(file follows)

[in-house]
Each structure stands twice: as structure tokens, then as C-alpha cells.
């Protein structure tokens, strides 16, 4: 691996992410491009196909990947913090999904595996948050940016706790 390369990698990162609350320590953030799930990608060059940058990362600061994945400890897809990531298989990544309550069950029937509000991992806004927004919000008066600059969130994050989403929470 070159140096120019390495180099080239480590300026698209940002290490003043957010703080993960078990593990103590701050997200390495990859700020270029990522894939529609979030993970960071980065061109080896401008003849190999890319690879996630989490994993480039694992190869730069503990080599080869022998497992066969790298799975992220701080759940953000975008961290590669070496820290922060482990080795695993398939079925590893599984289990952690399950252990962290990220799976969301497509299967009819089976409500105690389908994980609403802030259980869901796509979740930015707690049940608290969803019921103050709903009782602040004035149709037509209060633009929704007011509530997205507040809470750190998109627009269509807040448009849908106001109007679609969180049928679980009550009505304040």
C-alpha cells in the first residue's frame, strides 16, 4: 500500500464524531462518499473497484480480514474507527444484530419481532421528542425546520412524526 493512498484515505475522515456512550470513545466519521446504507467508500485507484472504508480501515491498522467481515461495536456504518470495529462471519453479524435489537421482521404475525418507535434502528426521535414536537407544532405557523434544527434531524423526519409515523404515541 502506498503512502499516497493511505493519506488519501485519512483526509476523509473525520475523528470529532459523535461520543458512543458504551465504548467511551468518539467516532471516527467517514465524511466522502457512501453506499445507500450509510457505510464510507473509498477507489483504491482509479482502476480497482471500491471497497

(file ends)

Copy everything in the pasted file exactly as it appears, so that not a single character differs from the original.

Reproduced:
[in-house]
Each structure stands twice: as structure tokens, then as C-alpha cells.
């Protein structure tokens, strides 16, 4: 691996992410491009196909990947913090999904595996948050940016706790 390369990698990162609350320590953030799930990608060059940058990362600061994945400890897809990531298989990544309550069950029937509000991992806004927004919000008066600059969130994050989403929470 070159140096120019390495180099080239480590300026698209940002290490003043957010703080993960078990593990103590701050997200390495990859700020270029990522894939529609979030993970960071980065061109080896401008003849190999890319690879996630989490994993480039694992190869730069503990080599080869022998497992066969790298799975992220701080759940953000975008961290590669070496820290922060482990080795695993398939079925590893599984289990952690399950252990962290990220799976969301497509299967009819089976409500105690389908994980609403802030259980869901796509979740930015707690049940608290969803019921103050709903009782602040004035149709037509209060633009929704007011509530997205507040809470750190998109627009269509807040448009849908106001109007679609969180049928679980009550009505304040």
C-alpha cells in the first residue's frame, strides 16, 4: 500500500464524531462518499473497484480480514474507527444484530419481532421528542425546520412524526 493512498484515505475522515456512550470513545466519521446504507467508500485507484472504508480501515491498522467481515461495536456504518470495529462471519453479524435489537421482521404475525418507535434502528426521535414536537407544532405557523434544527434531524423526519409515523404515541 502506498503512502499516497493511505493519506488519501485519512483526509476523509473525520475523528470529532459523535461520543458512543458504551465504548467511551468518539467516532471516527467517514465524511466522502457512501453506499445507500450509510457505510464510507473509498477507489483504491482509479482502476480497482471500491471497497